Because of their cramped cases and modest ventilation, most notebook PCs tend to run significantly hotter than desktop PCs. Recently, case and cooling specialist ThermalTake sent us one of their notebook coolers to look at, promising some “interesting results” from its use. With that tantalizing promise to test, we decided to check it out with our trusty Dell D620 Latitude notebook PC.
The device we received is called the NBcool T3000 Heatpipe Notebook cooler. It”s basically an anodized black aluminum plate about 2.2mm thick that”s been bent and shaped to form a well-supported platform with sturdy rubber tipped feet that hovers about 8 mm above the surface on which it is placed. Underneath this plate, you”ll find four liquid sodium filled heatpipes (show up in silver on the rear shot of the device below) and 17 2mm aluminum ribs about 0.2mm in width (one pair goes around each of the four heatpipes, the other 9 are positioned to add rigidity and additional heat dissipation capabillity to the aluminum deck.
Here are a couple of photos of this device, atop of which you can plan any 15″ (or smaller) notebook PC. Our test unit was a 15″ Dell Latitude D620 outfitted with a T2350 CPU, 4GB of DDR2-667 RAM, and a Seagate 7200.2 ST9160823ASG 160 GB SATA hard disk drive. After we look at some photos, we”ll report the results of running this unit on top of the NBcool versus a standard metal office desktop.
Seen from above the NBCool T3000 looks like a plate of anodized black aluminum with slight ribbing underneath.
A bottom view shows the silver heatpipes in stark contrast to the black background.
Those silver heatpipes are filled with liquid sodium and rely on phase change energy transfer to siphon heat away from whatever”s sitting on top of the NBcool T3000”s aluminum deck. Basically, as the sodium heats up it changes from a liquid to a gas, then migrates to the ends and sides of the tube where it can transfer heat more effectively to the aluminum ribs and the deck itself.
I was a little skeptical about this device doing much, if any, good for notebook PCs when it first showed up here. In fact, I took my sweet time in putting the deck to the test because I didn’t expect to see much by way of results from its use. Frankly, I was surprised by the results I’m about to report here. First, a short section on testing, methodology, and tools used along the way; then a table of some pretty interesting results.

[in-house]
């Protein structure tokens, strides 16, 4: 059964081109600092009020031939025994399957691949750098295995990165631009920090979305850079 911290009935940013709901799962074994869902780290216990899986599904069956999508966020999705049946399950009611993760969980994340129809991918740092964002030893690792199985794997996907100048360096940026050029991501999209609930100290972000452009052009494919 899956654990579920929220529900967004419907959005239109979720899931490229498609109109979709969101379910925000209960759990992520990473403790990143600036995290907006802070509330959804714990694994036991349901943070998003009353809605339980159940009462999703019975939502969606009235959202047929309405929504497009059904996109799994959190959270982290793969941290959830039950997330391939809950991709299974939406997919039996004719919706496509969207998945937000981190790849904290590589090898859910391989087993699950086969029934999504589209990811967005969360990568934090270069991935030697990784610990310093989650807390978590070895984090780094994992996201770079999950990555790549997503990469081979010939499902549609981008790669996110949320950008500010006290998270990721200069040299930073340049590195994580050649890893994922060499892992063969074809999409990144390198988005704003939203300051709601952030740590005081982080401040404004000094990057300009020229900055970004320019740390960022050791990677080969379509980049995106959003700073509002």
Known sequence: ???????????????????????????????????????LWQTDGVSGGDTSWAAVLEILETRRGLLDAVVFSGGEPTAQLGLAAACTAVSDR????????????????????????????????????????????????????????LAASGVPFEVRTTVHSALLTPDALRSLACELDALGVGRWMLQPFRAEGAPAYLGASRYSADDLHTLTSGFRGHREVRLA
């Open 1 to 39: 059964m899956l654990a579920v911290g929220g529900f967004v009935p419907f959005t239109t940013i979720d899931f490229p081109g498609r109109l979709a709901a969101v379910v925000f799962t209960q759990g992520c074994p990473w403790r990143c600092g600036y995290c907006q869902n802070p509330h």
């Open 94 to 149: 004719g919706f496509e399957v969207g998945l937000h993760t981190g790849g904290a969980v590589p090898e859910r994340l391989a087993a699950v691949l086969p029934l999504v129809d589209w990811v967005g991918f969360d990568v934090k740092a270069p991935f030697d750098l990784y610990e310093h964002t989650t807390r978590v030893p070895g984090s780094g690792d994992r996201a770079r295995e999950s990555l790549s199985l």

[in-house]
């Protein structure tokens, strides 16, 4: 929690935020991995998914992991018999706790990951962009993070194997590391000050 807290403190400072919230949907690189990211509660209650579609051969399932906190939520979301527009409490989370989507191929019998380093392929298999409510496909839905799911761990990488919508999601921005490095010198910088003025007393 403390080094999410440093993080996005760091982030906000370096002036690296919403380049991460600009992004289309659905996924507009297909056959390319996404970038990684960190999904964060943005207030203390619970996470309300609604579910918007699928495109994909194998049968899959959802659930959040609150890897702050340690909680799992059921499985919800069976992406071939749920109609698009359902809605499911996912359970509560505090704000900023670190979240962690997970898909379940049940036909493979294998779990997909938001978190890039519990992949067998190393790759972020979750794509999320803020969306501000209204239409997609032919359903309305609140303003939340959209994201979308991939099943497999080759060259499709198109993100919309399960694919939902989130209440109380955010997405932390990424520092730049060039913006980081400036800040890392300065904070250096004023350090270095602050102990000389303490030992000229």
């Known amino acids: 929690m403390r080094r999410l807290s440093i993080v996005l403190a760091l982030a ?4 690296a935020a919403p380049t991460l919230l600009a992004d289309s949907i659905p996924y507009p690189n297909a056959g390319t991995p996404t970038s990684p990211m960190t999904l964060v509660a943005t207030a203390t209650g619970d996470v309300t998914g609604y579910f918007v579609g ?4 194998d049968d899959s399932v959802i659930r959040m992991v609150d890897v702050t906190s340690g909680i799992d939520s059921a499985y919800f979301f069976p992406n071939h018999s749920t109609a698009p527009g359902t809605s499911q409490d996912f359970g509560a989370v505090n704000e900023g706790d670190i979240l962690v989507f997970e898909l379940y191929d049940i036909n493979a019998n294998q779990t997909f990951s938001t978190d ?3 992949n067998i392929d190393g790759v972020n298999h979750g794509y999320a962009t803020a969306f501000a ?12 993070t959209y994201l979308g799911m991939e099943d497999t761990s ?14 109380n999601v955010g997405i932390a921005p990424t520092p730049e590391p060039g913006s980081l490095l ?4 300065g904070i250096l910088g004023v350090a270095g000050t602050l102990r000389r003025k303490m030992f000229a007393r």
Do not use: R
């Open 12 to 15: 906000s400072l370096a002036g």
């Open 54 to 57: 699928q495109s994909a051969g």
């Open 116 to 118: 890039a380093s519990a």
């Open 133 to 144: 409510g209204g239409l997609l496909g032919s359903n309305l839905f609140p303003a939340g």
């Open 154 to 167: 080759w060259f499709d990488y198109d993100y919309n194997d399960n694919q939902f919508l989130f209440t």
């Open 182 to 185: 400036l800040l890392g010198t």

Testing, Methodology, and Tools Used
The primary tool used for measuring temperatures was the CPUD tool from Franck Delattre known as HWMonitor, version 1.12.0 with Driver Version 130. I recorded the ACPI temperature that shows as THM_in the display from the Dell D620, which basically measures the temperature on the motherboard at the CPU socket. The following screenshot shows my CPU at idle (under 2% utilization) with no obvious disk or network activity, with no cooler beneath the unit. Base temps between 38 and 42 °C are typical on this machine.
Readings from the Dell at idle with no NBcool T3000 in place
Idle measurements were taken for a period of 120 seconds, starting 5 minutes after the machine had been turned off, and allowed to cool enough to be cool to the touch before being rebooted. The Defrag entry in the following table shows temperatures that result from running Raxco”s excellent PerfectDisk 10 defragmentation toolset, while the Cleaner entry shows temperatures that result from running CCleaner (version 2.14.763) to clean the local hard disks and Registry.
Table 1: Dell D620 Temps Under Various Workloads, with/without NBCool T3000
Workload With Without
Idle 34/35 38
Defrag 40-58 51-71
Cleaner 34-52 48-58
Note: all temperatures are in °C, hyphen indicates min/max temperature range, slash indicates wavering reading.
OK, here”s the interesting part: the NBCool T3000 actually increases in efficiency as temperatures go up (this behavior is entirely consistent with heatpipe physics and behavior, where more heat causes a stronger phase-change reaction and improves overall heat transfer). This explains why the idle difference is only 3-4 degrees, but why the ranges for defrag (11-13 °C) and cleaner (6-14 °C) are greater.
At retail prices from $32 to $37, obtaining one of these units will probably set you back $45 or so by the time you pay for taxes and shipping. Is it worth $45 to keep your notebook PC running cooler? Good question! Prevailing wisdom on integrated circuits is that for every 10°C cooler an IC runs, its useful life increases by about fifty percent. Extending this measurement, each degree centigrade cooler translates into about a 5% improvement in lifespan. If a typical uncooled notebook costing $800 or so these days enjoys an average of 48 months of life, that translates into about $17 per month to own the box. At 5% life extension per degree, 4-14 degrees of lowering temperatures extends life from 48 months to 57 to 82 months respectively. In turn, this lowers monthly costs from $17 to $14 (a savings of about $99 over the life of the box) for a four-degree reduction, and from $17 to $10 (a savings of about $238 over the life of the box) for a 14-degree reduction.
We think these numbers argue that a cooler makes economic sense, but mostly for people who use notebooks in the same place day-in and day-out. Though its dimensions aren”t huge (12.60″x10.24″x0.24″/320 x 260 x 6mm) and its weight isn”t horrible (1.9lb /866g) who wants to carry a big, rigid, aluminum plate around with a notebook all the time, or set one up for use on a plane? What will the TSA guys make of it under the X-ray? Figure your cost benefits accordingly, please! But it is a nice product, and definitely worthwhile for those who tend to use laptops primarily in the same place.